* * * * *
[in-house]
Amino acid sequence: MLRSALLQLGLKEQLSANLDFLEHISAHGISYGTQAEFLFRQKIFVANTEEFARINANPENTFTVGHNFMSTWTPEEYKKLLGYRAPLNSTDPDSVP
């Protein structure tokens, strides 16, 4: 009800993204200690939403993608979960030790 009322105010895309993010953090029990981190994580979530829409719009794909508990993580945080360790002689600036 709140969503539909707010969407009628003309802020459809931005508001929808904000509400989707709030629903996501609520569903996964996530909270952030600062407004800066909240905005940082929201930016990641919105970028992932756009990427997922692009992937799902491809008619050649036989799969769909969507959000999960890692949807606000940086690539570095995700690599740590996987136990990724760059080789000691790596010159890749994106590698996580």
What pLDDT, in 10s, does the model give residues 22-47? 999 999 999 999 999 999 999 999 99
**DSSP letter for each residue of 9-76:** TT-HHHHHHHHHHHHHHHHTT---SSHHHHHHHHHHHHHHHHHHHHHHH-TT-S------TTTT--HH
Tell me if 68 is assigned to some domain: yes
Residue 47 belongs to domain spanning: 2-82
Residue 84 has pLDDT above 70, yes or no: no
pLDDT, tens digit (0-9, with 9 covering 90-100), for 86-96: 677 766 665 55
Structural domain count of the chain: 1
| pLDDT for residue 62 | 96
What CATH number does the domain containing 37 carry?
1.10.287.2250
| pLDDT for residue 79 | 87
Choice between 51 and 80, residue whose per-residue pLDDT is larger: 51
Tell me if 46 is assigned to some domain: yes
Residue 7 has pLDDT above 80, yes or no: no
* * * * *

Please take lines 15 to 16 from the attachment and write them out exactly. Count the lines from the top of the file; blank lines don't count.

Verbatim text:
Choice between 51 and 80, residue whose per-residue pLDDT is larger: 51
Tell me if 46 is assigned to some domain: yes